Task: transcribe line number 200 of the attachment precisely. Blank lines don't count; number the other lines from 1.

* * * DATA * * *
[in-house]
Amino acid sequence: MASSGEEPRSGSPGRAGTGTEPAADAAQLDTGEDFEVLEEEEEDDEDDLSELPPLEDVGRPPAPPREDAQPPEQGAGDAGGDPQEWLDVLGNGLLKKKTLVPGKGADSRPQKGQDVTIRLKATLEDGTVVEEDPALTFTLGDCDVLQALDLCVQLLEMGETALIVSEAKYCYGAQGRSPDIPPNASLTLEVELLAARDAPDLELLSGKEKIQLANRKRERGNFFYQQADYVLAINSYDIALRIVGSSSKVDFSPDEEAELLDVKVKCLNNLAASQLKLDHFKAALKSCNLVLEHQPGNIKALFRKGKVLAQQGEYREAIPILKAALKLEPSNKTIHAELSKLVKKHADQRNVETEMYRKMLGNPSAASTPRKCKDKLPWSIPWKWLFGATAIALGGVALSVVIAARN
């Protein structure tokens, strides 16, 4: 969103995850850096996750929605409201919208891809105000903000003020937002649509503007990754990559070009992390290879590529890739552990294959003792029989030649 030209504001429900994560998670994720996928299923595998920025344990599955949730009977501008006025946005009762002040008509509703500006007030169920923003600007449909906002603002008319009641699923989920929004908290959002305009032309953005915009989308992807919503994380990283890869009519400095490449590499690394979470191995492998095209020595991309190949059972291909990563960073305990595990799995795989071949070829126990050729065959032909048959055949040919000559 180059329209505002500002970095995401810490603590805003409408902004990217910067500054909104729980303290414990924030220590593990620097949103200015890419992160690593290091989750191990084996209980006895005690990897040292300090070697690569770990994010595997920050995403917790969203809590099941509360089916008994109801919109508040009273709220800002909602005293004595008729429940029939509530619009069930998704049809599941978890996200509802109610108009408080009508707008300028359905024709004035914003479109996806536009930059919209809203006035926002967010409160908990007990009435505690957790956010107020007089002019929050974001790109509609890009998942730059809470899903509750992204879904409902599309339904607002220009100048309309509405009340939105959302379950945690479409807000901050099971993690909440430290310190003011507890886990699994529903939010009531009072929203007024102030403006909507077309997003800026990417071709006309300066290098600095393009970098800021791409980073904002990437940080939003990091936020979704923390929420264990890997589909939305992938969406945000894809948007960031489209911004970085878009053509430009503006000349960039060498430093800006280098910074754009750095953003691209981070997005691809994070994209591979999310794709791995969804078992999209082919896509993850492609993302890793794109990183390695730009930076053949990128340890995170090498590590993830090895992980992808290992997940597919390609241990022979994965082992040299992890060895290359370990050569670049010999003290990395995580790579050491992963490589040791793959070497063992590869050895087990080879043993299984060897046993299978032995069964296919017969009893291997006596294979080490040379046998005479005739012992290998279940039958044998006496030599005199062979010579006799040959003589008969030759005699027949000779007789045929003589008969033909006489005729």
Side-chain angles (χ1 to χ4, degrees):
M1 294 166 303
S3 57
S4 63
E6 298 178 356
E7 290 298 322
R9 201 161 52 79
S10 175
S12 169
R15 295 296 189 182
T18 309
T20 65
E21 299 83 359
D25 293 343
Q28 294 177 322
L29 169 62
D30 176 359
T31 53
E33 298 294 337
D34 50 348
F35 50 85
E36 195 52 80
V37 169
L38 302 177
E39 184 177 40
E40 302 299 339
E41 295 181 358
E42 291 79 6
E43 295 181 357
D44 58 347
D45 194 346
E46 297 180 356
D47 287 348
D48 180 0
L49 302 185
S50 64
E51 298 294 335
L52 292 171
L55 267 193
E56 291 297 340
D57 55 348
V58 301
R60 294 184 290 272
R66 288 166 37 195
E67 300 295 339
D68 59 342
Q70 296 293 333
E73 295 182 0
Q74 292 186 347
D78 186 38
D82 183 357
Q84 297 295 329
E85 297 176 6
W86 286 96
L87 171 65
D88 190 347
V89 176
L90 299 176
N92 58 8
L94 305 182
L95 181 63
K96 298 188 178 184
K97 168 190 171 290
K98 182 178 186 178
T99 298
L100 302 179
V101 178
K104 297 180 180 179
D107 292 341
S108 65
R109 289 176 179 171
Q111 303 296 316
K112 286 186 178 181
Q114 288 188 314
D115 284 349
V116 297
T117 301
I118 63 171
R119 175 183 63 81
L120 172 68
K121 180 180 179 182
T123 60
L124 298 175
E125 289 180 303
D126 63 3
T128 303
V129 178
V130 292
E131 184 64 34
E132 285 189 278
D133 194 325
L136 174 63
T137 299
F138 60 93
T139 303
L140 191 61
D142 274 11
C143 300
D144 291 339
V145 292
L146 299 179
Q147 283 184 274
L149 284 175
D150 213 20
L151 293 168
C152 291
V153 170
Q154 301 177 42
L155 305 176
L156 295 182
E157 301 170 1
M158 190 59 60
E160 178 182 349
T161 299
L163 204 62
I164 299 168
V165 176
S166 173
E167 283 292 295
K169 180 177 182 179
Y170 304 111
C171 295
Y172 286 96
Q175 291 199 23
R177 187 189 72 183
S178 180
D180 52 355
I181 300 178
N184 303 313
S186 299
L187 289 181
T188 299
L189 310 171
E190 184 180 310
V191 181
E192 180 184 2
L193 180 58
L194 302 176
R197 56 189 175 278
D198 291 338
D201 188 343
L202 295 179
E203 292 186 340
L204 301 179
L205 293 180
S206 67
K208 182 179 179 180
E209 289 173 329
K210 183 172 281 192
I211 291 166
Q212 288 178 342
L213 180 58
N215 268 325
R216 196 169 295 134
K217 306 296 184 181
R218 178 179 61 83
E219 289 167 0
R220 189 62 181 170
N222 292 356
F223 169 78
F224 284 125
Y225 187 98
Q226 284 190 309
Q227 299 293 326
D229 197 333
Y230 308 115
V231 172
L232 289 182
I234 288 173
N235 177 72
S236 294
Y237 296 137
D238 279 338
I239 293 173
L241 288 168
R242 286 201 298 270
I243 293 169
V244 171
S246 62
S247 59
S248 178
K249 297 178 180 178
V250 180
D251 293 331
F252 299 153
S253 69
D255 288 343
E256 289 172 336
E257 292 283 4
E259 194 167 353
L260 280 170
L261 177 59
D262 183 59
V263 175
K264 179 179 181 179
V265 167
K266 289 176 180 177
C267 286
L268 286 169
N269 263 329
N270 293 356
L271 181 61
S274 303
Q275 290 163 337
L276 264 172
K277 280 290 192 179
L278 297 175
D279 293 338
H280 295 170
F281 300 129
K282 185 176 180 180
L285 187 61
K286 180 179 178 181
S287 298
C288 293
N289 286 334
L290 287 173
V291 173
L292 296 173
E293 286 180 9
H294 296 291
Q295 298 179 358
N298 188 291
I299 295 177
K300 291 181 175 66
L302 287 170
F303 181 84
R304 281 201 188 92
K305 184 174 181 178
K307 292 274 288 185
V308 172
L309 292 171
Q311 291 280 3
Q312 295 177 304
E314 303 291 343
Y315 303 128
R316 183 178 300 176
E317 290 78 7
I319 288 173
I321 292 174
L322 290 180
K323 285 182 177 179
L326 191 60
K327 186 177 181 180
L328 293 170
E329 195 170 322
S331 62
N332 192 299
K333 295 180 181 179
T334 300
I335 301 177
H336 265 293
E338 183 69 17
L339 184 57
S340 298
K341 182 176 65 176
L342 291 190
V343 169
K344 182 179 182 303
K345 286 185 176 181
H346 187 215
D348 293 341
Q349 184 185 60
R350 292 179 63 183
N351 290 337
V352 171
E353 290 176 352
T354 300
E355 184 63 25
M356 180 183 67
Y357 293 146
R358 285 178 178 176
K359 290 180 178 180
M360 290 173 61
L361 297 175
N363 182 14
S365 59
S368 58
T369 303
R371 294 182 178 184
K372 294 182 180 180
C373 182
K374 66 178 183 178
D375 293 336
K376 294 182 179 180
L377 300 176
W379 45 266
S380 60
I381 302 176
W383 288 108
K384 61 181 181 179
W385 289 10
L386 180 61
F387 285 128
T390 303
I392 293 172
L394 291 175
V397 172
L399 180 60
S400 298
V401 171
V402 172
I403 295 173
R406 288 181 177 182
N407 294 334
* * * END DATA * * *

K266 289 176 180 177